And can the natural gas lines be repurposed, say to hydrogen? “We have a 50- or 60-year gas system, and to keep that system safe requires hundreds of millions of dollars of ongoing investment in coming months and years,” Blank pointed out. “Is there any clean energy value in those assets going forward in terms of using it for hydrogen or other clean energy molecules?”
Blank got an indirect answer. “It’s all about meeting end uses,” said Megan Anderson of the Regulatory Assistance Project. The question, she said, is whether it’s good idea to make upgrades or are there better ways to meet customer needs.
This is from Big Pivots, an e-journal that tracks the energy and water transitions in Colorado and beyond. To subscribe, go to http://BigPivots.com.
PUC Commissioner Megan Gilman, who assembled the session, asked a central question about motivations and accountability. Current models used in Colorado and elsewhere reward investor-owned utilities with returns based on investments they make in energy generation and distribution. That gives utilities incentives to make investments that don’t necessarily align with climate goals. “That’s a fundamental problem,” she said.
Hicks said the best example of using regulation to achieve broad societal goals can be found in the electric sector, where states have been nudging utilities firmly to abandon coal-fired generation in favor of those that cause less pollution.
One technique is called performance-based ratemaking. Rates the privately-owned utilities are allowed to charge customers depend upon utilities achieving social goals. In this case, the allowed utility revenues would be tied to reductions of greenhouse gas emissions.
Hicks also urged a wholistic view of energy systems, seeing natural gas along with electric—which, in a way, is exactly what the Xcel position document issued in November urged.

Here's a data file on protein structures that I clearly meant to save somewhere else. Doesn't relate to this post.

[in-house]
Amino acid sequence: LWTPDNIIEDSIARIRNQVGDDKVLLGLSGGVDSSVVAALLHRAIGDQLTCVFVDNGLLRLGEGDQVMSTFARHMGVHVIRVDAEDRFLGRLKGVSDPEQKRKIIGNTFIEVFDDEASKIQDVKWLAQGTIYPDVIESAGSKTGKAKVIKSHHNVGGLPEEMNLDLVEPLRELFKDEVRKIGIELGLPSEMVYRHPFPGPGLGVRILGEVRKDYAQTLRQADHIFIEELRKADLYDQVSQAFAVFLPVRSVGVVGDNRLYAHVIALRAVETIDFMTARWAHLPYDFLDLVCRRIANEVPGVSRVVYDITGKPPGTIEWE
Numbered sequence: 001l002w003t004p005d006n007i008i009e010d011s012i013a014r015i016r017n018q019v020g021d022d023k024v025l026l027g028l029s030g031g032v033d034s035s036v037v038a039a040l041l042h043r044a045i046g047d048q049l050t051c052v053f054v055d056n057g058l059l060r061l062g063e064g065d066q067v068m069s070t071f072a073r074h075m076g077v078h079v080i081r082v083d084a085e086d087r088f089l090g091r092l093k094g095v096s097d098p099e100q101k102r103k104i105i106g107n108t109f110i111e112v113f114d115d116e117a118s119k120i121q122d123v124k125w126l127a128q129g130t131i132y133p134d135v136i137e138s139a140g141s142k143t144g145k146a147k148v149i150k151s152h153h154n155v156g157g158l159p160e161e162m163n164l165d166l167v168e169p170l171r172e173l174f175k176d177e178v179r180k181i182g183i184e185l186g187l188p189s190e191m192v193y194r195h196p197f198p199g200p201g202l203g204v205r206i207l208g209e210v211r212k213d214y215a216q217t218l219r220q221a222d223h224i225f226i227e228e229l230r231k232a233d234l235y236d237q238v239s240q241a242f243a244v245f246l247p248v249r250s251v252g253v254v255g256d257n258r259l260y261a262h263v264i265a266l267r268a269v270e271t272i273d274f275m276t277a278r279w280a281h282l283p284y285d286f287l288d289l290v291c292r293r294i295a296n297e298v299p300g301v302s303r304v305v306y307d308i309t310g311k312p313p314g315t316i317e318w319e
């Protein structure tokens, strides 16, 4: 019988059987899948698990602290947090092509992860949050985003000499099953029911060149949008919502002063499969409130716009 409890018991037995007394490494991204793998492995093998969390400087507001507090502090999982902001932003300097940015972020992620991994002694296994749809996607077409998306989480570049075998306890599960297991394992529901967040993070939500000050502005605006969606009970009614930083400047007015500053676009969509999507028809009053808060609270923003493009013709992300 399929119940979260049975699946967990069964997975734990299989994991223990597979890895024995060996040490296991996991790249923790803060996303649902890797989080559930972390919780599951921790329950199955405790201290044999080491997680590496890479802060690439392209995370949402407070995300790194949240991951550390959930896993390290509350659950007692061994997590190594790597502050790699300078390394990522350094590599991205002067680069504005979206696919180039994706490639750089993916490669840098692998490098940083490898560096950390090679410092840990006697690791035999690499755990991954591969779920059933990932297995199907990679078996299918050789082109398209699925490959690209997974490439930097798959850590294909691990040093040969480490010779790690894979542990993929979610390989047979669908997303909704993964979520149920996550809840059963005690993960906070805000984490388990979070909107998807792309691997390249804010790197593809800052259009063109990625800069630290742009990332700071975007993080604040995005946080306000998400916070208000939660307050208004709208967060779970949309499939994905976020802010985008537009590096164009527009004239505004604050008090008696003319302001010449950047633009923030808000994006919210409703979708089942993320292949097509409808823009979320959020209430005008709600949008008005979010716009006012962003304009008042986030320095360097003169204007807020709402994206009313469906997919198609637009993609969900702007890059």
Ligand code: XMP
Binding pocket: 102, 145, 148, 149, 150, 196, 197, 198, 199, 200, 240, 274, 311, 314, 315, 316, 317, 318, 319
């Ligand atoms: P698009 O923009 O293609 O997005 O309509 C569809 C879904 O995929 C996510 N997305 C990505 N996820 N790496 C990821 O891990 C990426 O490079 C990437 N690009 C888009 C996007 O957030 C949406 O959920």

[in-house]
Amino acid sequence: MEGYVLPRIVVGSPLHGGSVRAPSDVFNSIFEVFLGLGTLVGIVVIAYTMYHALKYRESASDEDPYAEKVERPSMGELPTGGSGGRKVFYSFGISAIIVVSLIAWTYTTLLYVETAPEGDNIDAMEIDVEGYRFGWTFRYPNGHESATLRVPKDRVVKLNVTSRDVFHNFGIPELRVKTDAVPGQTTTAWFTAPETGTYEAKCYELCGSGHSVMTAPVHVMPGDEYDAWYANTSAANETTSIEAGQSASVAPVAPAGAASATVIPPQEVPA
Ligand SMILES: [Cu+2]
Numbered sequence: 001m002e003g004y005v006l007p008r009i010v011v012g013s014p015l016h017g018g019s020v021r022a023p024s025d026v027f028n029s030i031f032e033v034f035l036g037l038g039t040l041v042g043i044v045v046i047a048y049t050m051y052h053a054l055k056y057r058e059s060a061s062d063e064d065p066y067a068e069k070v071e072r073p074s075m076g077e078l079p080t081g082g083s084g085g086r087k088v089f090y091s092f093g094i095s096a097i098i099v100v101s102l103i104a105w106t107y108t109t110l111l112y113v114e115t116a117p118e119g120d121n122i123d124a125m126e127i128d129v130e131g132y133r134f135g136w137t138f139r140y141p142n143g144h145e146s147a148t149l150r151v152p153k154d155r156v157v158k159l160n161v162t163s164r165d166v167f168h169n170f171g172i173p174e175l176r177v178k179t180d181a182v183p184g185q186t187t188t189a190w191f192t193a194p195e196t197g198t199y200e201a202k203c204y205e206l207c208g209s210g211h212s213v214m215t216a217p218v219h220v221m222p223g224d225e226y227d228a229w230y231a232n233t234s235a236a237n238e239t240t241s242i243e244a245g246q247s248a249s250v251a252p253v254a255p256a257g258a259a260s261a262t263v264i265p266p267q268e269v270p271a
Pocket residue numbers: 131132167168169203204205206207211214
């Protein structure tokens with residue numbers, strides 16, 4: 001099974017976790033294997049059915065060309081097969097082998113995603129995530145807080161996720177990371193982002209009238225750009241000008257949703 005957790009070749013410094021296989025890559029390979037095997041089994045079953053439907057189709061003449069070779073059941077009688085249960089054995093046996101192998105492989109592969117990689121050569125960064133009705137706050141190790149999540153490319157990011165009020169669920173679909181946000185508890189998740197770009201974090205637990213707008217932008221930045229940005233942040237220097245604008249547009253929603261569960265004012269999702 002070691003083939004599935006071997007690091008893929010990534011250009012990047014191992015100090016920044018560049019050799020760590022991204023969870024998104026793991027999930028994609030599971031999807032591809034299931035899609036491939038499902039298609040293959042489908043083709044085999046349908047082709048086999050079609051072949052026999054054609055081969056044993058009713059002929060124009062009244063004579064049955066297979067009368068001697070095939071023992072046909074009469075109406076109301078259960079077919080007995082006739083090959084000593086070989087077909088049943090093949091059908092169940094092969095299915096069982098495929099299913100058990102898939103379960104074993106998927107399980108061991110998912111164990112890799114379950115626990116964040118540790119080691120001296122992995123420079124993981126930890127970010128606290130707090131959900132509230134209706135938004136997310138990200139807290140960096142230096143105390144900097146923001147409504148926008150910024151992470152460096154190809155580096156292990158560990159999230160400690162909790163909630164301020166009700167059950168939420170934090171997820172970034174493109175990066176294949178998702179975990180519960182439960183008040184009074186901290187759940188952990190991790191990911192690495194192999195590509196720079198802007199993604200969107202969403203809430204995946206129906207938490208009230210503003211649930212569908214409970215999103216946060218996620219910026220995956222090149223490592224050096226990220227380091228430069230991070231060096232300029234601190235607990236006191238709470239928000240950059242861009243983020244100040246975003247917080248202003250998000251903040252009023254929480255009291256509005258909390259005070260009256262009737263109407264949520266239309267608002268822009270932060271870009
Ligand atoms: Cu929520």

The EDF’s Karas talked about the need for “rigorous analysis” of “every new piece of gas infrastructure being put into the ground. The experts all talked about the importance of planning.
Colorado’s debate about natural gas March 11, 2021
Natural gas under the microscope October 16, 2020
Colorado’s natural gas pivot July 31,2020
Natural gas questions and tensions July 14, 2020
Replacing natural gas in Denver July 8, 2020
The future of energy illustrated by Basalt Vista October 19, 2019
Also explored during the session was the question that Blank described as the “economic rock.” In short, how does this transition from natural gas in buildings occur across all economic sectors, not just among the well-heeled or, for that matter, not just in new homes and buildings?
The Xcel paper in November also drew attention to this problem. The scenario is what if only those of most modest means, unable to retrofit their homes, are left holding the bag of the stranded asset and hence required to pay much higher cost.
If there are no easy answers, the best equity will be borne of both well-crafted.
From The Steamboat Pilot & Today (Suzie Romig):
Mount Werner Water and Sanitation District is currently seeking funding for $6.5 million in improvement projects set for completion in 2022 and 2023 at the Fish Creek Water Treatment Plant that processes drinking water for Steamboat Springs.
The district received the final Water Treatment Facility Master Plan report in April from Carollo Engineering, which outlines 20 years of recommended work in four implementation phases at a substantial cost of $53 million, said Frank Alfone, general manager at Mount Werner Water.
The first phase of improvements addresses operational needs and updated regulatory requirements issued within the past five years from the U.S. Environmental Protection Agency and Colorado Department of Public Health and Environment related to copper and lead rules, as well as measurement of residual chlorine in the water, Alfone said…
The district is working with the financing arm of Carollo to investigate funding options, such as loans, grants and possible customer rate hikes. The district board will decide this fall if the necessary work will lead to future rate increases for customers of the district, which serves the city south of Fish Creek. Alfone said the district rates will not increase in 2021, also noting that current rates are, on average, lower than the statewide average.
Following the required regulatory improvements, the next phase in the master plan would be $6.5 million for work in 2028 to boost efficiencies in water filtering and processing capabilities for sediment and taste and odor issues from increased debris flow in the case of wildfire in the Fish Creek Watershed, Alfone said.